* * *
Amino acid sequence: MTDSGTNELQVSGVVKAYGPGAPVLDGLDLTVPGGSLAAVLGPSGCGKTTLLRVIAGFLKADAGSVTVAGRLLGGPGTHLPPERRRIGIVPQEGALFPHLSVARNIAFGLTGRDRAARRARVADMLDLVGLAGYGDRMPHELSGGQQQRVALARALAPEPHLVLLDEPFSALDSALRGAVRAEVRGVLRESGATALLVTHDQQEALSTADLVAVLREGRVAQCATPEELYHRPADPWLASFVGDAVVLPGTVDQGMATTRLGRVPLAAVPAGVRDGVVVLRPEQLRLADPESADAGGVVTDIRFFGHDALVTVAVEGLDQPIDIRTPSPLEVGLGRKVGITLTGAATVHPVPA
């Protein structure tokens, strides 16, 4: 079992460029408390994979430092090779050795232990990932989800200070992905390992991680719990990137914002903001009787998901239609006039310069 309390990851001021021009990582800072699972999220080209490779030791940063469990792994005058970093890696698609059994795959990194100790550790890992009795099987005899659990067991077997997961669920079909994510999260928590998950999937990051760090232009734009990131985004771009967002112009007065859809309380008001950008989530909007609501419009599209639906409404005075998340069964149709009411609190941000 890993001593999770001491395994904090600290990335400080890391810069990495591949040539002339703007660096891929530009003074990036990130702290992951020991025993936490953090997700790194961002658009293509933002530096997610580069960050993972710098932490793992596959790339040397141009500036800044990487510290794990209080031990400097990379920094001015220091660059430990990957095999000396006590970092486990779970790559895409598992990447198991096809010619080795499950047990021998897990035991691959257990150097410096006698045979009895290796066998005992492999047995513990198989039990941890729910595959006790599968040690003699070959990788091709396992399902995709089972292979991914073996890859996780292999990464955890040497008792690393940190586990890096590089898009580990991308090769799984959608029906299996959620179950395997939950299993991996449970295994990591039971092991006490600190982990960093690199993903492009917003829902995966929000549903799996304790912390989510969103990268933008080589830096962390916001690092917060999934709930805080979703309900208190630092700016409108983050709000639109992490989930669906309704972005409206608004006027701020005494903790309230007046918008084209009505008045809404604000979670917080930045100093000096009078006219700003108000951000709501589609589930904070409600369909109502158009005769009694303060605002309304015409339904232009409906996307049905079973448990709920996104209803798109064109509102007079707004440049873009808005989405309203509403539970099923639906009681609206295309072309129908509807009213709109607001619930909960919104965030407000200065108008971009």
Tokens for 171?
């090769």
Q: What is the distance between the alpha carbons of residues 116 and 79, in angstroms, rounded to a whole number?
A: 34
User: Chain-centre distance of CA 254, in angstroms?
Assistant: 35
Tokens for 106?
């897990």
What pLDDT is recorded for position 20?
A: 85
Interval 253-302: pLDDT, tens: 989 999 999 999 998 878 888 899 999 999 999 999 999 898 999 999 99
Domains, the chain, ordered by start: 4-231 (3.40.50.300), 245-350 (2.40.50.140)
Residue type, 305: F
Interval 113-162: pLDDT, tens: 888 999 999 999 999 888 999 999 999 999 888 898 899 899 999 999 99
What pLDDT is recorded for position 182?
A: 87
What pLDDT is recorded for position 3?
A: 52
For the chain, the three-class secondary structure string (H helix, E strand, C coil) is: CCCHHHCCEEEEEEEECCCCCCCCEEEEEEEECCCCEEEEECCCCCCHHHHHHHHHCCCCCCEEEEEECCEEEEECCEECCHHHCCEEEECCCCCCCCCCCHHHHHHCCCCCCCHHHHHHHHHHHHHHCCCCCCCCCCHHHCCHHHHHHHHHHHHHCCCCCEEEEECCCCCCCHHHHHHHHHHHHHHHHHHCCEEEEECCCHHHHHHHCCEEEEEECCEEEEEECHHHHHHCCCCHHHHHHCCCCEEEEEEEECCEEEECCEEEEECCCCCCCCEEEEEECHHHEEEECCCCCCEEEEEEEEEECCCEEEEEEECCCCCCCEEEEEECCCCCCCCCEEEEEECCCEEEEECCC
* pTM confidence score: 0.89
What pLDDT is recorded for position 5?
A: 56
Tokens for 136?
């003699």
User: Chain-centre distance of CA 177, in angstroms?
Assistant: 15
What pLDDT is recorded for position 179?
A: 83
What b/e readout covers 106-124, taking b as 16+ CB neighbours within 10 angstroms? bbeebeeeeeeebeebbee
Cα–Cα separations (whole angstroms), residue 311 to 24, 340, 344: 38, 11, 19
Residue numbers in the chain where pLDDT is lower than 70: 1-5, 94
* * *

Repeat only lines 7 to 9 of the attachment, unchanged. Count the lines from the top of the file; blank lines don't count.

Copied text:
User: Chain-centre distance of CA 254, in angstroms?
Assistant: 35
Tokens for 106?